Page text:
Residents and sex workers alike have opposed plans to develop a purpose-built “sex centre” in the Dutch city
Officials in Amsterdam have revealed plans to move the notorious “red light district” to an “exciting hub” in the south of the city as part of a proposal aimed at ridding the area of its bawdy image and reducing the number of tourists and crime in the area. .
Mayor Femke Halsema said on Monday that Europe Street has been identified as “The most suitable location for a new erotic center.” Halsema has long been a vocal critic of the historic red light district, the largest of which is known locally as De Valen, where sex workers stand on the canal banks, neon-lit windows waiting for clients.
“This selection will now be presented to the City Council early next year.” Halsema said in a statement, adding that the center is expected to take seven years to open.
Europa Boulevard, near Amsterdam's business district, was one of three proposed sites for the Erotic Centre, which is set to have 100 rooms for sex workers. Prostitution is legal in the Dutch constitutional capital, but only in specific places and with a permit. It remains unclear how many sex workers are in the city, but the red light district currently has about 250 active windows, according to local media reports.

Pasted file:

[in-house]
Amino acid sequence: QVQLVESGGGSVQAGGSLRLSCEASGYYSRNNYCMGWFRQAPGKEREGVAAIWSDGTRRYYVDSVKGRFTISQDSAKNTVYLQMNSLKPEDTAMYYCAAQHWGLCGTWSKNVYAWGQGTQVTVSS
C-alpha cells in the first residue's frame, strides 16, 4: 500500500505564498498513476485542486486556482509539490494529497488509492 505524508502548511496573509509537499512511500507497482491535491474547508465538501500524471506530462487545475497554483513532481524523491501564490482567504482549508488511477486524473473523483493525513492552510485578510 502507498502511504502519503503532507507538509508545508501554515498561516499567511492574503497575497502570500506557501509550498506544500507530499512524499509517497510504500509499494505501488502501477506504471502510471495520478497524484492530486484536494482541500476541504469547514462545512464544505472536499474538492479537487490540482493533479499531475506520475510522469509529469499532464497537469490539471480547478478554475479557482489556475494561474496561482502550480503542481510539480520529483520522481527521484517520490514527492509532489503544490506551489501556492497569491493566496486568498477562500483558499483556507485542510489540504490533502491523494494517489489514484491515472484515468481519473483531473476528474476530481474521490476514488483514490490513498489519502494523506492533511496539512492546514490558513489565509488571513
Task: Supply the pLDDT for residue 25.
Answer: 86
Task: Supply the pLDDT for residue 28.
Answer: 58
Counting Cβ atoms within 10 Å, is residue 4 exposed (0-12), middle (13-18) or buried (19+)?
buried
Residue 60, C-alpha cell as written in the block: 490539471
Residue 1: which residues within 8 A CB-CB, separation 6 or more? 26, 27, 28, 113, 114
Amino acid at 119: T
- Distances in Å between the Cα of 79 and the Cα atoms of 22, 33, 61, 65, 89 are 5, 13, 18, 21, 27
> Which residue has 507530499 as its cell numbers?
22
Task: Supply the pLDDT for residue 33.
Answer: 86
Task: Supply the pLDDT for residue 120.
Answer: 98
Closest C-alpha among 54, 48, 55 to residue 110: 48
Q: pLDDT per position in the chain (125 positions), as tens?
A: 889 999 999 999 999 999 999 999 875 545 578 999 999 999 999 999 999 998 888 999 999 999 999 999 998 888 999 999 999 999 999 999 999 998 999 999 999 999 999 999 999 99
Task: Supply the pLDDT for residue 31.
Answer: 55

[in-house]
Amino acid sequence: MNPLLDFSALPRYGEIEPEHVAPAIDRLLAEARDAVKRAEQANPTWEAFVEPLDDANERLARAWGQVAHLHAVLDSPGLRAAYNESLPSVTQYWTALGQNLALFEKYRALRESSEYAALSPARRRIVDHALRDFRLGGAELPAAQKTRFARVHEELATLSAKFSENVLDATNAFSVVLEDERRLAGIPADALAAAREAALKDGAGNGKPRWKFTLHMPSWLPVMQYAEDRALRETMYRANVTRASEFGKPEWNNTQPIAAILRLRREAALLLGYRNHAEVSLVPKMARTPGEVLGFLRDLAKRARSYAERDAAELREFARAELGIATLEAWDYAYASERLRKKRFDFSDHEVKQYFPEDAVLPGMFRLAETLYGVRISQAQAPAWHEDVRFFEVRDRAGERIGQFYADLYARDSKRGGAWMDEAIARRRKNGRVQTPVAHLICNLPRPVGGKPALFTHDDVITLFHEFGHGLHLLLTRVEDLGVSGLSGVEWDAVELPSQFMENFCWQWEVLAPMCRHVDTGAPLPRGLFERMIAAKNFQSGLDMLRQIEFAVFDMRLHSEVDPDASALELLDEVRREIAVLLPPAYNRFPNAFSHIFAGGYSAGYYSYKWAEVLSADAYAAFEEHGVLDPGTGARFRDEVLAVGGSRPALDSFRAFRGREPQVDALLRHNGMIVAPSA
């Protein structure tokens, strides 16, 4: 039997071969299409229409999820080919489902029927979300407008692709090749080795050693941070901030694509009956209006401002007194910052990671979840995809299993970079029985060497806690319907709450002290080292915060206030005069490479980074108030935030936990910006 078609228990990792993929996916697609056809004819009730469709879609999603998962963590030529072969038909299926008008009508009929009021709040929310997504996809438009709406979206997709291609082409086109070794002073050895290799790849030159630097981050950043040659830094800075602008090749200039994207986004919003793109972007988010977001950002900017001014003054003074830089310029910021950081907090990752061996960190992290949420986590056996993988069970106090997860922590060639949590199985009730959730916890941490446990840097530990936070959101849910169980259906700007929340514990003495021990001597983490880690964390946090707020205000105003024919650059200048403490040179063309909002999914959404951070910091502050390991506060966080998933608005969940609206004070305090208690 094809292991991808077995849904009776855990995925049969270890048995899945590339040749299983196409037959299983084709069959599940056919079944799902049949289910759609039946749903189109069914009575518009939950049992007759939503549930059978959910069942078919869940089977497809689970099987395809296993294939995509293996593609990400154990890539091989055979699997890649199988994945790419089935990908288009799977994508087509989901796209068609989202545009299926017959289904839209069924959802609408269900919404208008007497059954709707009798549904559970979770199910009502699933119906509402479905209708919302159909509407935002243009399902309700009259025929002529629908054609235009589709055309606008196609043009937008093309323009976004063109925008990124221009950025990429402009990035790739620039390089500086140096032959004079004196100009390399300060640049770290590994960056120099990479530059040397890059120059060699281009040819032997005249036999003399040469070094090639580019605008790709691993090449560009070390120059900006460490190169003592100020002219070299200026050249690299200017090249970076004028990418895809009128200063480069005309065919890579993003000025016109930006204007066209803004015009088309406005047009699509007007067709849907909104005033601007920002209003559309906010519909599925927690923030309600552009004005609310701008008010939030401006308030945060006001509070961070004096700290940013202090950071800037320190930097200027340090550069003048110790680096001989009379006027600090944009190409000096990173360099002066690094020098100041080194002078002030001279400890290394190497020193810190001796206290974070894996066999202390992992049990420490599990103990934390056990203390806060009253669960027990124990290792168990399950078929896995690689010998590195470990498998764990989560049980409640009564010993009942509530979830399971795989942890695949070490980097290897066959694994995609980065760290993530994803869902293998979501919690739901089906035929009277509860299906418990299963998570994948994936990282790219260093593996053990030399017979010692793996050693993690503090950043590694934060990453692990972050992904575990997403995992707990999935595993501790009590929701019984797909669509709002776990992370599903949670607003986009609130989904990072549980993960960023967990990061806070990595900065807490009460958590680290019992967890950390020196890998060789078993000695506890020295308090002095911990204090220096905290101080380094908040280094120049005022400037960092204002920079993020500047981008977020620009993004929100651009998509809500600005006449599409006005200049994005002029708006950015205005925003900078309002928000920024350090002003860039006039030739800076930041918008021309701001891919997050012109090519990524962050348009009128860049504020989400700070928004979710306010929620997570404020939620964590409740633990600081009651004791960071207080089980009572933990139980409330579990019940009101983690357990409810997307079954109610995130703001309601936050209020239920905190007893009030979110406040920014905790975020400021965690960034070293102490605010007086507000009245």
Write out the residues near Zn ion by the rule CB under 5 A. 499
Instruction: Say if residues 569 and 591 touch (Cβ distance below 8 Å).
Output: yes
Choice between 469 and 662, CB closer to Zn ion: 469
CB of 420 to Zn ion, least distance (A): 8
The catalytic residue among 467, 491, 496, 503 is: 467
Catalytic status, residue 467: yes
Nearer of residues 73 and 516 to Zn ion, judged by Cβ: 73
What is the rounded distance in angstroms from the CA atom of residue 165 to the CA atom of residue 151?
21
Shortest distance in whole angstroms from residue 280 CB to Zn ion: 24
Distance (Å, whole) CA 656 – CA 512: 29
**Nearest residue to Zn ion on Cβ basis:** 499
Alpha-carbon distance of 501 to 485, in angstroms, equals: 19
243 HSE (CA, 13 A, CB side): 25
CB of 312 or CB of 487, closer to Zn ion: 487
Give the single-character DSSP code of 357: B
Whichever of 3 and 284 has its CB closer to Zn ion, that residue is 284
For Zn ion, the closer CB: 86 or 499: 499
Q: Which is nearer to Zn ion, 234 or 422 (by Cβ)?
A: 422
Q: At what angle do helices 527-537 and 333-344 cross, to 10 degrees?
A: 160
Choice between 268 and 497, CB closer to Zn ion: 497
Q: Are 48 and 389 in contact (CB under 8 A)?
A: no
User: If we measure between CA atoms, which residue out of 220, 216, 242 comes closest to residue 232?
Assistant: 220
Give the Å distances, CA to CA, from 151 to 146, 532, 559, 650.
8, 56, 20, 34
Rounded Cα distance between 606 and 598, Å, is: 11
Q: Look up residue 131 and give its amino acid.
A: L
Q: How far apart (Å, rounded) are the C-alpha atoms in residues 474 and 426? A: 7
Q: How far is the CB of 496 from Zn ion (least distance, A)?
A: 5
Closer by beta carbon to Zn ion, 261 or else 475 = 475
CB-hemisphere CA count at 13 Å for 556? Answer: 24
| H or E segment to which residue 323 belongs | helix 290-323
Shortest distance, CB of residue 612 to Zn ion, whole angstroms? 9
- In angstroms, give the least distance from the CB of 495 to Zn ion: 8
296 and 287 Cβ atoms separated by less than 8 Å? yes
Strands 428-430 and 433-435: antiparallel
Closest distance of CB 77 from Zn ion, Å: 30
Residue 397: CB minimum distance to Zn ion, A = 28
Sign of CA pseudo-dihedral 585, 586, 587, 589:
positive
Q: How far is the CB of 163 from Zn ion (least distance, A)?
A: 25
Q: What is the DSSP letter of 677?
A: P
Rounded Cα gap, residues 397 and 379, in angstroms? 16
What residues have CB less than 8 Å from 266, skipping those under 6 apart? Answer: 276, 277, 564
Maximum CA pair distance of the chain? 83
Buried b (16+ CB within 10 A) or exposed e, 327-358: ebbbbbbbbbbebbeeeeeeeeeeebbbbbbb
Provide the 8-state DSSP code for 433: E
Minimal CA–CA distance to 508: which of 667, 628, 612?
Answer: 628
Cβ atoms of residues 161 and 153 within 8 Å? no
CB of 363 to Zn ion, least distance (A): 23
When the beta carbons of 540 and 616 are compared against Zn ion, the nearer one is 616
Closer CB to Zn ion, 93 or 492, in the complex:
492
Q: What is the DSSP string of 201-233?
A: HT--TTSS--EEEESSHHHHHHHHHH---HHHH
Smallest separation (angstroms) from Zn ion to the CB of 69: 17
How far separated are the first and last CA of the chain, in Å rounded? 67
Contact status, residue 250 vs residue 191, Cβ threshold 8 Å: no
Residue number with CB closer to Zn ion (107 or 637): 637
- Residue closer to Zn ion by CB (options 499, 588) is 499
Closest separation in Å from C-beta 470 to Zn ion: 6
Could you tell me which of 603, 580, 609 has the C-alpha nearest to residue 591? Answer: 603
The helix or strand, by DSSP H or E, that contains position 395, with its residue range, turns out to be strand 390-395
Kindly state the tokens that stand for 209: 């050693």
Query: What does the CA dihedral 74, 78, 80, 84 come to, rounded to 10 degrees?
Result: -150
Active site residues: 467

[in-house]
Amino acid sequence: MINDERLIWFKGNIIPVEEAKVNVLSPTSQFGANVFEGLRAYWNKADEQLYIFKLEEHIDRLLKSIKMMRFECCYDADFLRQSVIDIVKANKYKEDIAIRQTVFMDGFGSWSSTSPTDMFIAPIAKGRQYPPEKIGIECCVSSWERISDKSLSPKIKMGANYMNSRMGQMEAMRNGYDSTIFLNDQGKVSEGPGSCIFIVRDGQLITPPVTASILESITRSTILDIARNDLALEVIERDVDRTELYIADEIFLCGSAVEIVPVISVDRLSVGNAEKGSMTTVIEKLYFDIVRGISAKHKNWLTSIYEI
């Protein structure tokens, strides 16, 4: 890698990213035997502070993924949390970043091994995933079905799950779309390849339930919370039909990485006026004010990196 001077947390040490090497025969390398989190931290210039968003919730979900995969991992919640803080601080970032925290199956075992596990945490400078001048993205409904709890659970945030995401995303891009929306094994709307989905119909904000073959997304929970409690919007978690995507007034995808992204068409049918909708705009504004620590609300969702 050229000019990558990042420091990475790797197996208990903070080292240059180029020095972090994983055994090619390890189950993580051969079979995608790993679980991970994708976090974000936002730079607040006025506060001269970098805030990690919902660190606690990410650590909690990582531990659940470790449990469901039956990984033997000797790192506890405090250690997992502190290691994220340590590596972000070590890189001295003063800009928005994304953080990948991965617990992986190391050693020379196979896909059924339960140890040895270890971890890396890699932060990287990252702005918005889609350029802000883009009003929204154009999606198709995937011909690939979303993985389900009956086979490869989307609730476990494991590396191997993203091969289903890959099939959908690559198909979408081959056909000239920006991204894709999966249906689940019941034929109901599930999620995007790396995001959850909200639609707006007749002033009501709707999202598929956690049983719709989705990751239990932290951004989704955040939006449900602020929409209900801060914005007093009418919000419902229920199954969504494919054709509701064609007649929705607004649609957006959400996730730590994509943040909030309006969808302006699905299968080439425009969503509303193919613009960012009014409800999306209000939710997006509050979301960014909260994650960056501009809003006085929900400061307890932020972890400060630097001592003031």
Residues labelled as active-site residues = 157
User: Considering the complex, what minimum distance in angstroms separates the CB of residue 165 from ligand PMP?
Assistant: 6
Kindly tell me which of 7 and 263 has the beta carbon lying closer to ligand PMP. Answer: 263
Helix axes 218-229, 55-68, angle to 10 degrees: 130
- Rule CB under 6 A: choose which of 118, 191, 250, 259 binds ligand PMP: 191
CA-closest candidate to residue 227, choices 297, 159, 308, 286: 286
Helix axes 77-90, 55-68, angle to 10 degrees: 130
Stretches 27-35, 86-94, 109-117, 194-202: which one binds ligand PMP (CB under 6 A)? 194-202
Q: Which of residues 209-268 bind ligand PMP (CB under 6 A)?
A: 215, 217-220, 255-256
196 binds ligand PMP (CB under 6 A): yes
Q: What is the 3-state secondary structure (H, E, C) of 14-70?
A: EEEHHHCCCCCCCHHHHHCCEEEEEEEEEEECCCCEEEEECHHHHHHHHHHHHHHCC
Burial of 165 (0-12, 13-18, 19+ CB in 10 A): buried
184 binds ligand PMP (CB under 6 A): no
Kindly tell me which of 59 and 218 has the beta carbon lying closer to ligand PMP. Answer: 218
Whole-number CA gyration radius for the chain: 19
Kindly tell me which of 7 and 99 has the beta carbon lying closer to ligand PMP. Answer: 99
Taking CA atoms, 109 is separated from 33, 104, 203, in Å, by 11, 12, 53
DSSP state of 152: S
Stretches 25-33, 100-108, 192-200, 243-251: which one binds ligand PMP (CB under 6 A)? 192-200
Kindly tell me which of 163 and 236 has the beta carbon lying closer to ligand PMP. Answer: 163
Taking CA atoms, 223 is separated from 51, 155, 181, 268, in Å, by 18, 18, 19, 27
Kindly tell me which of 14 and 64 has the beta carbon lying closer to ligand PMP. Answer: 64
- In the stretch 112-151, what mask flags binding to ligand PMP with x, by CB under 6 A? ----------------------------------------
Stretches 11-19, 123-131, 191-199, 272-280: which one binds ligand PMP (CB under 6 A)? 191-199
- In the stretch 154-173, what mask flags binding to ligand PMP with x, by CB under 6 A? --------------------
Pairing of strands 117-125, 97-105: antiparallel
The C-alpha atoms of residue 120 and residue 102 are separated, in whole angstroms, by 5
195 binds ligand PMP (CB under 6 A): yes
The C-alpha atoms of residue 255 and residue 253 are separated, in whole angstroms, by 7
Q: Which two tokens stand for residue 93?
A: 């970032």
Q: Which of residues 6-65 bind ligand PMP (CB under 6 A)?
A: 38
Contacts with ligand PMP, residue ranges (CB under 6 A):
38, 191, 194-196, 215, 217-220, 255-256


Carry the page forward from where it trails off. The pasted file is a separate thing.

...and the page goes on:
“The windows of the exciting center will be located inside the building only.” The statement said. “This way we want to combat tourist tourism and keep annoying groups away.”
The move, which comes amid efforts to transform Amsterdam's image as Europe's “party capital”, has been criticized by sex workers – as well as by residents and businesses close to the proposed erotic centre.
“It's mainly about crowd control in De Valen, but that's not the sex workers' fault, so I see no reason to punish us for that.” said an unnamed prostitute, according to The Guardian in October. She added that Halsema's plans amount to… “The Great Improvement Project.”
The European Medicines Agency also opposed the move. Choosing the location makes the center close to its headquarters, where he said his employees may be exposed to danger when working late at night. Meanwhile, tens of thousands signed a petition against the transfer and called instead for increased police activity in De Valen.
Amsterdam also recently launched a “Stay Away” campaign to discourage tourism, mainly targeting British men aged 18-35.
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